Twin Galaxies is a name familiar to many in the gaming community over the past three and a half decades. The organization was founded to track world record high scores in the Atari 2600 days, and it quickly became the foremost and final authority on what were considered to be authentic records. Over the years, Twin Galaxies has endured many controversies—famously, the dispute at the center of the smash documentary King of Kong—and the past week has seen the resolution of one of the organization’s longest-running scandals.
Todd Rogers became famous in the early 80s after allegedly obliterating the records for many Atari 2600 games, especially those developed by Activision. He earned the moniker “Mr. Activision,” and his hundreds of self-reported and unbelievable scores were fiercely defended by Twin Galaxies referees for years—most famously a run of Dragster, completed in what many correctly assumed was an impossible 5.51 seconds.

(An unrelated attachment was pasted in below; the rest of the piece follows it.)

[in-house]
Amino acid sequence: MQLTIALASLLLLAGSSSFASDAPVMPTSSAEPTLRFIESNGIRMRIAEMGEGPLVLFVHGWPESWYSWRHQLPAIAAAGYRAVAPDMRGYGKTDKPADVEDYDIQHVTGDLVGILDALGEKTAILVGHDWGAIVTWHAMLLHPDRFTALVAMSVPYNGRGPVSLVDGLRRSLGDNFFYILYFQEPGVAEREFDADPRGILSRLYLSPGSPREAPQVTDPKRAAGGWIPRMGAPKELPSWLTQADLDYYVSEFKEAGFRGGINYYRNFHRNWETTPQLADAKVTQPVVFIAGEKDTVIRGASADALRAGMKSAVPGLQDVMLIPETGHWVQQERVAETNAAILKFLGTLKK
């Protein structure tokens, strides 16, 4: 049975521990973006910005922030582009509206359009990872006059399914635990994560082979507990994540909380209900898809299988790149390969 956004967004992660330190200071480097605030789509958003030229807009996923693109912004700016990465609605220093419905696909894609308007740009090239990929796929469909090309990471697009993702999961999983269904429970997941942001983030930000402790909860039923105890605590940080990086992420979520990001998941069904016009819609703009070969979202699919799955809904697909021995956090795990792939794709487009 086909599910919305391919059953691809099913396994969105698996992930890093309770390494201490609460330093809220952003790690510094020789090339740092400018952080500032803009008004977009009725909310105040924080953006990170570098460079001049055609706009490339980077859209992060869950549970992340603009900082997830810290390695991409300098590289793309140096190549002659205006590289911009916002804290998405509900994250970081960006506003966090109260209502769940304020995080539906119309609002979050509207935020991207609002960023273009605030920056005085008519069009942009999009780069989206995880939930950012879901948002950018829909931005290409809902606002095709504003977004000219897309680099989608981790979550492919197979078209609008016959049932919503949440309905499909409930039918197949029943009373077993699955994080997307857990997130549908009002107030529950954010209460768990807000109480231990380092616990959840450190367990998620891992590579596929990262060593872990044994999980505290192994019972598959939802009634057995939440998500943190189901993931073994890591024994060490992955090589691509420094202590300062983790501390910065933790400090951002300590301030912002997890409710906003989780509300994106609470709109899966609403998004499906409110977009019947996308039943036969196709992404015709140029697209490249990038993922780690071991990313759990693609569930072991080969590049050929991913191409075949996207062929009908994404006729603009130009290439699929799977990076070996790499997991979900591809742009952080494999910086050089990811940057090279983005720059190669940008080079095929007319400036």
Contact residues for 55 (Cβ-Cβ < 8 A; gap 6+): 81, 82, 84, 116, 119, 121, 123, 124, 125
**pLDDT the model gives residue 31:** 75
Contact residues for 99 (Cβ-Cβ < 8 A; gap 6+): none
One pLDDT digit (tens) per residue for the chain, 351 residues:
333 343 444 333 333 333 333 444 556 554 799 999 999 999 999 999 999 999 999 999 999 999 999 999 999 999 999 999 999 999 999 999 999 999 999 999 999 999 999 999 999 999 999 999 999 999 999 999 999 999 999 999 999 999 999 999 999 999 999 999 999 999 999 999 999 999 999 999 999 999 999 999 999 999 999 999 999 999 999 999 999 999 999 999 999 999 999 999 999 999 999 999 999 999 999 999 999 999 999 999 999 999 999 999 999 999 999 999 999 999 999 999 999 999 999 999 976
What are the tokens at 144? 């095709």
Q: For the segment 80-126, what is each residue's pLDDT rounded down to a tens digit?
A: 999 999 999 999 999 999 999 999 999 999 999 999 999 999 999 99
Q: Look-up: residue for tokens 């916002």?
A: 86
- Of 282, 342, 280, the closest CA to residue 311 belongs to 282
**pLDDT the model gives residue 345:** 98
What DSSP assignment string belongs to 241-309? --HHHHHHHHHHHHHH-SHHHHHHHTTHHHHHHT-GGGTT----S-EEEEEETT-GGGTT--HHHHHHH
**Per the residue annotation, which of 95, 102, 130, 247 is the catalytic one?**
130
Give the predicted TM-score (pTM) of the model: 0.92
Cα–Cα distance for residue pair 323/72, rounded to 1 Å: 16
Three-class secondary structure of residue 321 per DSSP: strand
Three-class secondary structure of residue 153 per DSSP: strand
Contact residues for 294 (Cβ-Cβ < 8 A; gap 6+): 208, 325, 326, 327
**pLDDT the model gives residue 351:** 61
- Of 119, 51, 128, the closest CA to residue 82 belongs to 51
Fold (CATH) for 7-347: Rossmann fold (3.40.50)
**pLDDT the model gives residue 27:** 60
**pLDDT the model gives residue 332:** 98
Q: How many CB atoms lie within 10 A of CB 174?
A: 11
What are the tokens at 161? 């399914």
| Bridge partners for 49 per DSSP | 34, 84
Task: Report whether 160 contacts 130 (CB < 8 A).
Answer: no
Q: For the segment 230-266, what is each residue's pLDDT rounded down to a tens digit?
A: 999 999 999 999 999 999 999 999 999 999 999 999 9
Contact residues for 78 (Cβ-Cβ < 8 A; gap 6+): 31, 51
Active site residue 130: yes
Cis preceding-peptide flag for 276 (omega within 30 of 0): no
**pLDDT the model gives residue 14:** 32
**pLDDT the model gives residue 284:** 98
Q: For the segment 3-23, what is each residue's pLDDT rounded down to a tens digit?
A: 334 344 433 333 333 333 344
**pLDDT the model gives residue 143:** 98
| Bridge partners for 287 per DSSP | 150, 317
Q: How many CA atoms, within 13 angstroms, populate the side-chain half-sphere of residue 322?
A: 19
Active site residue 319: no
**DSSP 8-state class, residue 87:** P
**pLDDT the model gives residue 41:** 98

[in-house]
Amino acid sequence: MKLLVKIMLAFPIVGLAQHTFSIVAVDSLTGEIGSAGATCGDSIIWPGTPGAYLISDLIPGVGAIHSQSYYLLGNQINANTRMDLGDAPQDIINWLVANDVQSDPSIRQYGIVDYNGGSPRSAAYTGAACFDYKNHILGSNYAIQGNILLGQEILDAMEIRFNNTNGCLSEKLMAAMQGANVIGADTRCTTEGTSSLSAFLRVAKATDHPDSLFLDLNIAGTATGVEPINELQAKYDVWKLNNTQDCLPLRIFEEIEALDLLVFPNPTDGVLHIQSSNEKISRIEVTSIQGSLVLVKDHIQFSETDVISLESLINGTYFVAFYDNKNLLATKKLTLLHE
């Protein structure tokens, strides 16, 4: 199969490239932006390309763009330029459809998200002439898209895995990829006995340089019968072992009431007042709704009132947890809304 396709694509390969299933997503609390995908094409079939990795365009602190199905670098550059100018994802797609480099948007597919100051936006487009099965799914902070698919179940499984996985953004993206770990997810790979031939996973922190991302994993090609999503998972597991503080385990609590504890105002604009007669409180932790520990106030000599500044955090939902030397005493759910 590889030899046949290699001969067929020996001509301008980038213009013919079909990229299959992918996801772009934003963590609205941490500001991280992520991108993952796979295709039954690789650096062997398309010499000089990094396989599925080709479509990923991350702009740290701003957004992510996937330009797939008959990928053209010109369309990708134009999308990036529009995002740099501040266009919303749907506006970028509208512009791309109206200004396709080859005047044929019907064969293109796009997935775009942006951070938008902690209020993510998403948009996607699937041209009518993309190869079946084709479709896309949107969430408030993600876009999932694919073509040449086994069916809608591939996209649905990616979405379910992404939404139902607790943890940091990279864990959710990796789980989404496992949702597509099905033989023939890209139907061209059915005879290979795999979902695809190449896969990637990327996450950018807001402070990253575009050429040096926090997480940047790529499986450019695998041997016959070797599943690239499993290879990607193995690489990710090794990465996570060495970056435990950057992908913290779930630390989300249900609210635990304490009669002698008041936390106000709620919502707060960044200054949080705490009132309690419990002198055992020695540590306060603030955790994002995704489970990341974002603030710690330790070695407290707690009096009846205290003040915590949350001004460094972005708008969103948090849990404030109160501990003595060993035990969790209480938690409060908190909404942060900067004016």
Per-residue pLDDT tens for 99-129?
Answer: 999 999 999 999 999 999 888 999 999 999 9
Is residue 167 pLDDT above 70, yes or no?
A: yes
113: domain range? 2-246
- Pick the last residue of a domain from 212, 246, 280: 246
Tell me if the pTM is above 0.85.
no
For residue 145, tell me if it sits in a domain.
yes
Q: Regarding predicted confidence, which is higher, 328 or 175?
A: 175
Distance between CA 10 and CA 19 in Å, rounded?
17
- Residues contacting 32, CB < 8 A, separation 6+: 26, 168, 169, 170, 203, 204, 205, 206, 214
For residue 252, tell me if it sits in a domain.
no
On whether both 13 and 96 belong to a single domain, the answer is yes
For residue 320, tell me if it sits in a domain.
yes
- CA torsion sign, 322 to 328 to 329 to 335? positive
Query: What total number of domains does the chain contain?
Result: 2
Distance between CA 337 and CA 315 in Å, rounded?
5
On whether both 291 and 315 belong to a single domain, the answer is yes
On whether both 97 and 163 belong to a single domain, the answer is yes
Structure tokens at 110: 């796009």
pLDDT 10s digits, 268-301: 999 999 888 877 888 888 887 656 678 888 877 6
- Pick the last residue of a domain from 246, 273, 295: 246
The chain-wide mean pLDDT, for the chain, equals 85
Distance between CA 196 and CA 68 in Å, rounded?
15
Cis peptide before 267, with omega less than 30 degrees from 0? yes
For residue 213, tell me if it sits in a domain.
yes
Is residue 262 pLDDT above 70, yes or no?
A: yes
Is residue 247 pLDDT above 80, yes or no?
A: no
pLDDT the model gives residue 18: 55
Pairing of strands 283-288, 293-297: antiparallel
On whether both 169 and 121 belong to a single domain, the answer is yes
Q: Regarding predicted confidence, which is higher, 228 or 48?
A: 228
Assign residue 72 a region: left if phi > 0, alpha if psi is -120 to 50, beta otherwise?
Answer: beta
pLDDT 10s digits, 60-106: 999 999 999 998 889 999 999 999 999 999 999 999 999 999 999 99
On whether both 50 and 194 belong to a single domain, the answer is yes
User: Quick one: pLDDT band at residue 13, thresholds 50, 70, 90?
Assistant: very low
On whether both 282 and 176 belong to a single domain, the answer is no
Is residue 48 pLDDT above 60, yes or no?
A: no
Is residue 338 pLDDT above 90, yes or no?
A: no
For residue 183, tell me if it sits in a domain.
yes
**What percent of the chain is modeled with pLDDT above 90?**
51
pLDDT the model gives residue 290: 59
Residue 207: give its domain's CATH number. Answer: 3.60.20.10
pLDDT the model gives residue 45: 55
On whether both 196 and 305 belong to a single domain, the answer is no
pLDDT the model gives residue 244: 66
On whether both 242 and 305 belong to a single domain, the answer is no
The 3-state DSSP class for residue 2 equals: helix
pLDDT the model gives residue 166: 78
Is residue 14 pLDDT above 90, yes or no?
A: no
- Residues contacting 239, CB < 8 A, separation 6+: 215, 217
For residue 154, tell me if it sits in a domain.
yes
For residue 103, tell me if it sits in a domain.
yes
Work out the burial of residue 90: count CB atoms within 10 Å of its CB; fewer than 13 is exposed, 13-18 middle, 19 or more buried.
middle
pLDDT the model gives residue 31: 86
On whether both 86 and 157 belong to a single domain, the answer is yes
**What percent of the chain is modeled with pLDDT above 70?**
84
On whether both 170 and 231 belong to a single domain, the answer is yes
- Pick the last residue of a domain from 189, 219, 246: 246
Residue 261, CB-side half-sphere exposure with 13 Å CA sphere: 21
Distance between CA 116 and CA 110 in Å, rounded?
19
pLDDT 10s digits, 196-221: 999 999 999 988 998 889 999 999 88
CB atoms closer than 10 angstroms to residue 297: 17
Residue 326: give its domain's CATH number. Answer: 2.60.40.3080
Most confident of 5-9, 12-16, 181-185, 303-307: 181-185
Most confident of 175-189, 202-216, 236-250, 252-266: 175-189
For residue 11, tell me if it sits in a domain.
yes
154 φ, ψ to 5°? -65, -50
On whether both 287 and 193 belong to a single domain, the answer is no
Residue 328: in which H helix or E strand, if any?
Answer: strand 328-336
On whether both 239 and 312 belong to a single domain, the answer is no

Last summer, a thread on the Twin Galaxies forums appeared that questioned the validity of the Dragster score, and the circumstances surrounding all of Rogers’ performances. Over the last 17 months, information began to surface, and gamers-turned-investigative-journalists compiled a shockingly robust case against the one-time “greatest gamer alive.” The video below by YouTuber Apollo Legend is a long but extremely complete analysis of the info, also shared by Twin Galaxies editorial team as a useful piece of their investigation:
In tandem with revealing statements made by a former Twin Galaxies referee, as of yesterday, all of Todd Rogers’ scores will be vacated, and his records struck from the books. Though it’s about 35 years late, justice has finally been served to the community, and “Mr. Activision” will go down in history as gaming’s greatest cheater—at least the biggest one that we’ve caught.